LPG: Rise In Demand Leads To Price Hike
By Sunday Elom
Decision by the Nigeria Liquefied Natural Gas (NLNG) to supply 100% of its Liquefied Petroleum Gas (LPG) popularly known as cooking gas may have triggered increase in the demand of the commodity, leading to a marginal price hike.
Recall that on January 13, 2022, the NLNG board of directors adopted a policy to sell 100% of is cooking gas production to the Nigerian local.
Endorsing the decision by the board of ghe NLNG, minister of state for the environment, Chief Sharon Ikeazor, last Monday said that the initiative would bring relief to Nigeria’s forests by curtailing the use of firewood and charcoal.
On Wednesday, LPG marketers told journalists that the implementation of the NLNG decision has triggered an increase in demand for cooking gas, which has in turn led to a slight hike in the price of the product.
Speaking on the current state of the cooking gas market, the national chairman of Liquefied Petroleum Gas Retailers Association of Nigeria (LPGRAN), Michael Umudu, said that although the NLNG’s decision was welcomed, it had raised some concerns in the market.
“We should be conscious this time, for after the announcement was made we recorded a slight increase in LPG price. So we have to welcome that announcement with caution,” Umudu said.
On the marginal price rise, Umudu said that “If they (NLNG) will match their words with action, it will be fine. This is because, the 100% they are talking about, will it meet the local demand for LPG?
“Even if it meets the current demand of about 1.2 million metric tonnes per annum, which I doubt, there will be an upsurge in demand, just like we are experiencing now. Again, we should be concerned about the factor of competition.”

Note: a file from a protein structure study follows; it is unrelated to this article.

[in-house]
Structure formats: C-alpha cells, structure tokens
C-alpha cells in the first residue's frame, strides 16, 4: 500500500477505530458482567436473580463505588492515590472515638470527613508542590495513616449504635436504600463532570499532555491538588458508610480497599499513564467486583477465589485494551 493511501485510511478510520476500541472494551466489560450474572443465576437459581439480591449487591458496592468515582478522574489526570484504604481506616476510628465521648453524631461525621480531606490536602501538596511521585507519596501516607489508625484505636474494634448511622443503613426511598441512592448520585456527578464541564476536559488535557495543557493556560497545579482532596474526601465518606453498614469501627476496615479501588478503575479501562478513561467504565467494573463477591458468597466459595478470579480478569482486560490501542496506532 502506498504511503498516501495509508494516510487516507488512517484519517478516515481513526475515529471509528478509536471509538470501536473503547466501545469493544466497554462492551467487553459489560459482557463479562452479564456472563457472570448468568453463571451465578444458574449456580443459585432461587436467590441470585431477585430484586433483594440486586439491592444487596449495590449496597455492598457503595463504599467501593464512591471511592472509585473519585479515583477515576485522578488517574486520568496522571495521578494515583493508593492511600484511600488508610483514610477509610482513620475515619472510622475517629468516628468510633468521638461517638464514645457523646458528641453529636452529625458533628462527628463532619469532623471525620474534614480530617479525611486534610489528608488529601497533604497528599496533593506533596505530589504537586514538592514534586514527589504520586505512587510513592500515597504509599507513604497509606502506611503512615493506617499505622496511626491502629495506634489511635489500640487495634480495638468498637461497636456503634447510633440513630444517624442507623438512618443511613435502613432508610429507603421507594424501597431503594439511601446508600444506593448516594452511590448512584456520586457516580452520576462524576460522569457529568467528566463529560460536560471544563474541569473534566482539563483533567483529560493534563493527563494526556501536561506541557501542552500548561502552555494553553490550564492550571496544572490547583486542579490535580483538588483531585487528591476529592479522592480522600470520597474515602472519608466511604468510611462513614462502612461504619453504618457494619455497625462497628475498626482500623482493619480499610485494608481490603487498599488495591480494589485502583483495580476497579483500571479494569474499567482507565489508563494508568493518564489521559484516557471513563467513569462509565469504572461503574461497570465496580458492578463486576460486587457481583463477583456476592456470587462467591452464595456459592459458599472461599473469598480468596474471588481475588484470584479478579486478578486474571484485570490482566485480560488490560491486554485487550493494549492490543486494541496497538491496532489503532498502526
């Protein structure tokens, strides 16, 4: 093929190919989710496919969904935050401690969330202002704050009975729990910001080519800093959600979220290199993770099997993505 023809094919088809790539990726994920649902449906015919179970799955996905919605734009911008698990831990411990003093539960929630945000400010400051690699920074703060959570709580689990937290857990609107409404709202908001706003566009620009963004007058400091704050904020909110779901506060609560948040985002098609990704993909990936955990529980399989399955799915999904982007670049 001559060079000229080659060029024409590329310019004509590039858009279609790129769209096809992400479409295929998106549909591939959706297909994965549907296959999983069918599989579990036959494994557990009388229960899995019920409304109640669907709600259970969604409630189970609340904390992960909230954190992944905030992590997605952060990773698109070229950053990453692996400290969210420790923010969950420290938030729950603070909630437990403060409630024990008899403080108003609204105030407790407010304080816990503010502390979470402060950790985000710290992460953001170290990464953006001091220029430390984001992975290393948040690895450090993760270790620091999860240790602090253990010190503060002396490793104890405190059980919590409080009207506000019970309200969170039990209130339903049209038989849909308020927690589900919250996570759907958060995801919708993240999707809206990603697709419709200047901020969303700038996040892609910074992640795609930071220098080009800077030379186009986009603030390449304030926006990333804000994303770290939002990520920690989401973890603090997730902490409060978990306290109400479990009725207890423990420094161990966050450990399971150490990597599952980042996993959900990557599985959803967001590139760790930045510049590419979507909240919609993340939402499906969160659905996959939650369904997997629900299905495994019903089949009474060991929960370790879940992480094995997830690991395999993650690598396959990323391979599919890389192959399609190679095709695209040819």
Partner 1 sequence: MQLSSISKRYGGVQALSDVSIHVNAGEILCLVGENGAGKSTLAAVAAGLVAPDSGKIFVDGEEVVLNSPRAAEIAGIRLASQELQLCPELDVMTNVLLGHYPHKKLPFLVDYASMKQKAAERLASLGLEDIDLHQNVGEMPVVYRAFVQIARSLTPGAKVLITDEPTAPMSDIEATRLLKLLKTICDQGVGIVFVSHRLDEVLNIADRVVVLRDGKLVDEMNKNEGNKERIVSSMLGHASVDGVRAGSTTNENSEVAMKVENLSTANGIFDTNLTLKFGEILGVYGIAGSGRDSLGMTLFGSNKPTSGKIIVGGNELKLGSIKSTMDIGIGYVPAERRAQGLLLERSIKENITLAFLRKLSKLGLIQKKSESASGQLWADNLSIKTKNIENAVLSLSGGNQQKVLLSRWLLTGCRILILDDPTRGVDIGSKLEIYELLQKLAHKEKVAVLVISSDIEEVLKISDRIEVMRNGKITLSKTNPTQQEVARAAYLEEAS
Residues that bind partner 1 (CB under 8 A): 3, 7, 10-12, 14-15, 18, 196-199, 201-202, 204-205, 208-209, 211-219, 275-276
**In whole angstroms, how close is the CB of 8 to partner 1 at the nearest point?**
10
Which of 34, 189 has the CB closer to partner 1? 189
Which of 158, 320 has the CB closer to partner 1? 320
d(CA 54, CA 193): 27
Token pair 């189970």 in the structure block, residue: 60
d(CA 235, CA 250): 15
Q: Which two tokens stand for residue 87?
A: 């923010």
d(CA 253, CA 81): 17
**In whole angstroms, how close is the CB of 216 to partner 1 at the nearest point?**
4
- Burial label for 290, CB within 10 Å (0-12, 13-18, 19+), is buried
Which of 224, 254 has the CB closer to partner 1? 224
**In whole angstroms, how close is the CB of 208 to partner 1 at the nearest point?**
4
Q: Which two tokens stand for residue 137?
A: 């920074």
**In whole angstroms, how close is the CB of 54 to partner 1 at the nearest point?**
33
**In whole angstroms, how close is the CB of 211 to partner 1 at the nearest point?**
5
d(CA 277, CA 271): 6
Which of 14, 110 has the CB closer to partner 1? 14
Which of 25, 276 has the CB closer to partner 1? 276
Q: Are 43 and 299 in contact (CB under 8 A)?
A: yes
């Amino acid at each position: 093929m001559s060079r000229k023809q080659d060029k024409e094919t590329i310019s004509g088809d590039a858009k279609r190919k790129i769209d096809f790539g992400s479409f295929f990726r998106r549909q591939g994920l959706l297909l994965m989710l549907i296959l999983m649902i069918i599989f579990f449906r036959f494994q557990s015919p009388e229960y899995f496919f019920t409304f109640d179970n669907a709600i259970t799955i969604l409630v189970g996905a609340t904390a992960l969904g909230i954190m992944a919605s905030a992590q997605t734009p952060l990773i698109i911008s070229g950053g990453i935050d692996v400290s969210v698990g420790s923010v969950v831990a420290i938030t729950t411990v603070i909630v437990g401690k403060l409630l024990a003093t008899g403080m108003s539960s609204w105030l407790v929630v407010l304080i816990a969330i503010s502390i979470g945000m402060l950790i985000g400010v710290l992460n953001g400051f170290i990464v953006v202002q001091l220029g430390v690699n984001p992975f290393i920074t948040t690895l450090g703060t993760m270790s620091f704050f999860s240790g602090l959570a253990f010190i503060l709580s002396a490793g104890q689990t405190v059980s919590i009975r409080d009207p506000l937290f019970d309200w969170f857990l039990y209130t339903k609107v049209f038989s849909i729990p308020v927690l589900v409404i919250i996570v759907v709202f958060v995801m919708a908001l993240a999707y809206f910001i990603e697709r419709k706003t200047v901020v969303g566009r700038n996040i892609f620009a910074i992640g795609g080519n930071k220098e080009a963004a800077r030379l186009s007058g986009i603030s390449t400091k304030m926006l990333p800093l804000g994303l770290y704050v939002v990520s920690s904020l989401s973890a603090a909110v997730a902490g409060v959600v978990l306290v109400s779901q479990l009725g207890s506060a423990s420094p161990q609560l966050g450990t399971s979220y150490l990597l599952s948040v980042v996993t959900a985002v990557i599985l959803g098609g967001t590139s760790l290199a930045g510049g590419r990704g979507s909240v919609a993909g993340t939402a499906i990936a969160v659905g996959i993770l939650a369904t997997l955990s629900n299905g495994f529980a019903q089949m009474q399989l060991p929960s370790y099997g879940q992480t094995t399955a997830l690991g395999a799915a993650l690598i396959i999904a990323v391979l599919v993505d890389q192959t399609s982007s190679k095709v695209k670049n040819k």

“This is because with the announcement, if care is not taken, some of the importers who started importing, leading to a reduction in price for about a month before that decision, may decide to stop imports believing that they will not be able to compete with NLNG.
“And if NLNG is not fit to supply the product, it can equally cause more problems. However, the decision is welcomed and the NLNG should be commended for it.”
Speaking further, he said that issues of logistics should also be addressed. He stressed that even when LPG consumption was very low about 10 years ago, there was still the challenge of logistics.
The spokesperson of the NLNG, Eyono Fatayi-Williams, had in October 2021 told newsmen that the volume of LPG produced by the firm could not meet Nigeria’s demand.
Fatayi-Williams who explained that LNG was the core product of the NLNG and not LPG had said that “The maximum amount we can now give, which is the maximum production volume, is less than what the entire country needs. We are not the only producer of LPG but we can only give 450,000MT.”